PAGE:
Continuous venovenous hemofiltration (CVVH) is a renal replacement therapy that has been successfully used in patients with severe chronic renal failure to prevent contrast-induced acute kidney injury (CI-AKI). In this study, we present a consecutive experience using a new CVVH protocol that has also been applied to patients with acute coronary syndrome (ACS). CVVH was performed in consecutive patients with estimated glomerular filtration rate 2 (mean ± SD, 21.1 ± 7.3 ml/min/1.73 m2) undergoing diagnostic or interventional coronary procedures starting after the angiographic procedures. Iopamidol was used as a contrast agent. In the first 6 patients, iopamidol removal by the CVVH hemofilter and kidney was calculated by measuring iopamidol concentrations in the blood, urine, and ultrafiltrate collected during the 6-hour CVVH session. In the second phase, the protocol was applied to 47 additional patients meeting the inclusion criteria. Six-hour CVVH resulted in iopamidol removal comparable with that of 12-hour diuresis (43 ± 12% vs 42 ± 15% of administered, p = NS). CI-AKI occurred in 7.5% of patients in the whole population and no patients had acute pulmonary edema, need for dialysis, or any major bleeding. In conclusion, in a population including patients with ACS with severe chronic renal failure undergoing coronary angiographic procedures, 6-hour CVVH performed only after contrast medium exposure was able to remove an amount of contrast medium similar to that removed by the kidneys in 12 hours and resulted in a low rate of CI-AKI.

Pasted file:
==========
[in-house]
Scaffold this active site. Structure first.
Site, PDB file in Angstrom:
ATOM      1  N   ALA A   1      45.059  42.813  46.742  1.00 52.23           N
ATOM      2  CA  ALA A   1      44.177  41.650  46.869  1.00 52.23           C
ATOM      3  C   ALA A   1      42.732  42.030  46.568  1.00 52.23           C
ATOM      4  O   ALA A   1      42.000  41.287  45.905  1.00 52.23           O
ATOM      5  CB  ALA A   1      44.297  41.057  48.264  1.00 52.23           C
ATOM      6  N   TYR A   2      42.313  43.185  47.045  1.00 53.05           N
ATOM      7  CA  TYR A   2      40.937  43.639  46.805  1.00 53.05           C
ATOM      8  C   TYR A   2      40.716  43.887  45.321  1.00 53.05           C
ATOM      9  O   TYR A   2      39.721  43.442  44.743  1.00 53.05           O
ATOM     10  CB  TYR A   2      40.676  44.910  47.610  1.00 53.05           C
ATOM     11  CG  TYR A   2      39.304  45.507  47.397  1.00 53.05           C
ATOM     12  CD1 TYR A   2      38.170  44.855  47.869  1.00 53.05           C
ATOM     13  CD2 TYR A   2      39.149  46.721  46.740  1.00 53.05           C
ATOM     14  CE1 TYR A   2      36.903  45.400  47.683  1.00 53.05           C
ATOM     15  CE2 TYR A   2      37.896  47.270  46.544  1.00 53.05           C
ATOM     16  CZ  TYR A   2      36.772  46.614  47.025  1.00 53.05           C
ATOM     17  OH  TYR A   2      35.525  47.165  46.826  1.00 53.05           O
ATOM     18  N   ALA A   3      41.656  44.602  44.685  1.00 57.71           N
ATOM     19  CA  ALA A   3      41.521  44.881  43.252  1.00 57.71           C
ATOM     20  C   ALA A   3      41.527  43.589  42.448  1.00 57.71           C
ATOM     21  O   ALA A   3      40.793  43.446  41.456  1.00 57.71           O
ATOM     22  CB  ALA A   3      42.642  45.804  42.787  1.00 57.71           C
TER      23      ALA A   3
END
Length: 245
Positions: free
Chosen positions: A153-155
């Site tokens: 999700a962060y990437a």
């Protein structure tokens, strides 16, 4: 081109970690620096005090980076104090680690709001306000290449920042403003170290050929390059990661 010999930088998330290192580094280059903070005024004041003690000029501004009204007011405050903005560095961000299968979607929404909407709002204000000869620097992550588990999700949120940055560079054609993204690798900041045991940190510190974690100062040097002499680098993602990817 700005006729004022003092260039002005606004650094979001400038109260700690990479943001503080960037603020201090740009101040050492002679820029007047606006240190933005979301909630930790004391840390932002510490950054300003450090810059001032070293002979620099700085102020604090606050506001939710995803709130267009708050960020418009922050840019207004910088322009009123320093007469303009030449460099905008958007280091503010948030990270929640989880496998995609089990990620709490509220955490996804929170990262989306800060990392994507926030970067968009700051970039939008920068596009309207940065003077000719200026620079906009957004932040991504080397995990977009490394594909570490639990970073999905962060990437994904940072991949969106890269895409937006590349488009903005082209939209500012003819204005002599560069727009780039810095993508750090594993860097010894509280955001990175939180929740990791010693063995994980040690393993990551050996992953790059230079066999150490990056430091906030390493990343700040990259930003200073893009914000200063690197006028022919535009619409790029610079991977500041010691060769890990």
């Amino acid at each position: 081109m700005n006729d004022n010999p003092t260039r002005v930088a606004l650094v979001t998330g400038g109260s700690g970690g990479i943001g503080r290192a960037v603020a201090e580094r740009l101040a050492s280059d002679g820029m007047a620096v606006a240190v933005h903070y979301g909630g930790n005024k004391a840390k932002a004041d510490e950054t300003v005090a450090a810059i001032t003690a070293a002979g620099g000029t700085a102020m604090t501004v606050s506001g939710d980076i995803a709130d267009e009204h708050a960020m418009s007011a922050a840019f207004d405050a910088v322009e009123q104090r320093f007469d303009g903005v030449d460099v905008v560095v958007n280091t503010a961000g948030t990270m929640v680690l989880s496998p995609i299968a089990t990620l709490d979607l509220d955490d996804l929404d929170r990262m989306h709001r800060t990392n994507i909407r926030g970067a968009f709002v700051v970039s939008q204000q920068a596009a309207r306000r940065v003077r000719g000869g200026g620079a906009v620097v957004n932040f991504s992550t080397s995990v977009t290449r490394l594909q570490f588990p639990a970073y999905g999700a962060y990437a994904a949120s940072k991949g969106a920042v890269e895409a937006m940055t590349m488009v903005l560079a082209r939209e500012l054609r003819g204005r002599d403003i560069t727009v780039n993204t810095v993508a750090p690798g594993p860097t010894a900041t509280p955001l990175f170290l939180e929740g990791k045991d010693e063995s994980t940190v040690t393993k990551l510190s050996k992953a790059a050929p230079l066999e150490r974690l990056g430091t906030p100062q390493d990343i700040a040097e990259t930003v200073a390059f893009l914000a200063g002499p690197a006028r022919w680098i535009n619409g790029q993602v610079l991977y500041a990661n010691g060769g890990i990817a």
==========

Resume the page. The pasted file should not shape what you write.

ASJC Scopus subject areas
- Cardiology and Cardiovascular Medicine